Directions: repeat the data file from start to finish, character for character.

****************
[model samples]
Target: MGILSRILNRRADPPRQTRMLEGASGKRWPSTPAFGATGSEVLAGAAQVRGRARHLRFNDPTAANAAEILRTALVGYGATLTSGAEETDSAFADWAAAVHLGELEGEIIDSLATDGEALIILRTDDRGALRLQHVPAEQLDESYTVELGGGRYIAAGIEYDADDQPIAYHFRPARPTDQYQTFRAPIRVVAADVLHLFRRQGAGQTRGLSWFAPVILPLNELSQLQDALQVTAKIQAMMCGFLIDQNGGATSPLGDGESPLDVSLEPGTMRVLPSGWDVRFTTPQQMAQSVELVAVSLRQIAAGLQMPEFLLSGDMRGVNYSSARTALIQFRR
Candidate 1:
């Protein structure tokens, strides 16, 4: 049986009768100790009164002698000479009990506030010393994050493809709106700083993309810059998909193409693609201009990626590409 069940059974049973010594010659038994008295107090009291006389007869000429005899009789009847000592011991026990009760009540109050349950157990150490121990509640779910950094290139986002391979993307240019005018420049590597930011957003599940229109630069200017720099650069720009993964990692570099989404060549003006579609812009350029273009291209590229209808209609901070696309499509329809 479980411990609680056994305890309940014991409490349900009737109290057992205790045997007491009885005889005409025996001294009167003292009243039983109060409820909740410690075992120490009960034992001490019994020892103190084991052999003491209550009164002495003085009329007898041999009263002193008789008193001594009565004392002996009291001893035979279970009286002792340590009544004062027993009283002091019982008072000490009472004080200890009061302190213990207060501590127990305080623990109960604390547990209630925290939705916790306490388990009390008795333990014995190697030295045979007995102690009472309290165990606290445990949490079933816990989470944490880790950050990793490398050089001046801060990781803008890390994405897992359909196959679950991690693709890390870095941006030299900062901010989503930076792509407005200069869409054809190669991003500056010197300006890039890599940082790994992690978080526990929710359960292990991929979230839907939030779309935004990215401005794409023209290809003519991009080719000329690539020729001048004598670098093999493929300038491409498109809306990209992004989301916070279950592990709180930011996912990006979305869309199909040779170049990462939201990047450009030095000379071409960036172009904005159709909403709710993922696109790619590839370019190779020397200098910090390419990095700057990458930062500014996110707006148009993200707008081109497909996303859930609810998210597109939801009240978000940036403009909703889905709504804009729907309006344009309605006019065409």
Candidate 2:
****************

[model samples]
Target: MGILSRILNRRADPPRQTRMLEGASGKRWPSTPAFGATGSEVLAGAAQVRGRARHLRFNDPTAANAAEILRTALVGYGATLTSGAEETDSAFADWAAAVHLGELEGEIIDSLATDGEALIILRTDDRGALRLQHVPAEQLDESYTVELGGGRYIAAGIEYDADDQPIAYHFRPARPTDQYQTFRAPIRVVAADVLHLFRRQGAGQTRGLSWFAPVILPLNELSQLQDALQVTAKIQAMMCGFLIDQNGGATSPLGDGESPLDVSLEPGTMRVLPSGWDVRFTTPQQMAQSVELVAVSLRQIAAGLQMPEFLLSGDMRGVNYSSARTALIQFRR
Candidate 1:
């Protein structure tokens, strides 16, 4: 049986009768100790009164002698000479009990506030010393994050493809709106700083993309810059998909193409693609201009990626590409 069940059974049973010594010659038994008295107090009291006389007869000429005899009789009847000592011991026990009760009540109050349950157990150490121990509640779910950094290139986002391979993307240019005018420049590597930011957003599940229109630069200017720099650069720009993964990692570099989404060549003006579609812009350029273009291209590229209808209609901070696309499509329809 479980411990609680056994305890309940014991409490349900009737109290057992205790045997007491009885005889005409025996001294009167003292009243039983109060409820909740410690075992120490009960034992001490019994020892103190084991052999003491209550009164002495003085009329007898041999009263002193008789008193001594009565004392002996009291001893035979279970009286002792340590009544004062027993009283002091019982008072000490009472004080200890009061302190213990207060501590127990305080623990109960604390547990209630925290939705916790306490388990009390008795333990014995190697030295045979007995102690009472309290165990606290445990949490079933816990989470944490880790950050990793490398050089001046801060990781803008890390994405897992359909196959679950991690693709890390870095941006030299900062901010989503930076792509407005200069869409054809190669991003500056010197300006890039890599940082790994992690978080526990929710359960292990991929979230839907939030779309935004990215401005794409023209290809003519991009080719000329690539020729001048004598670098093999493929300038491409498109809306990209992004989301916070279950592990709180930011996912990006979305869309199909040779170049990462939201990047450009030095000379071409960036172009904005159709909403709710993922696109790619590839370019190779020397200098910090390419990095700057990458930062500014996110707006148009993200707008081109497909996303859930609810998210597109939801009240978000940036403009909703889905709504804009729907309006344009309605006019065409």
Candidate 2: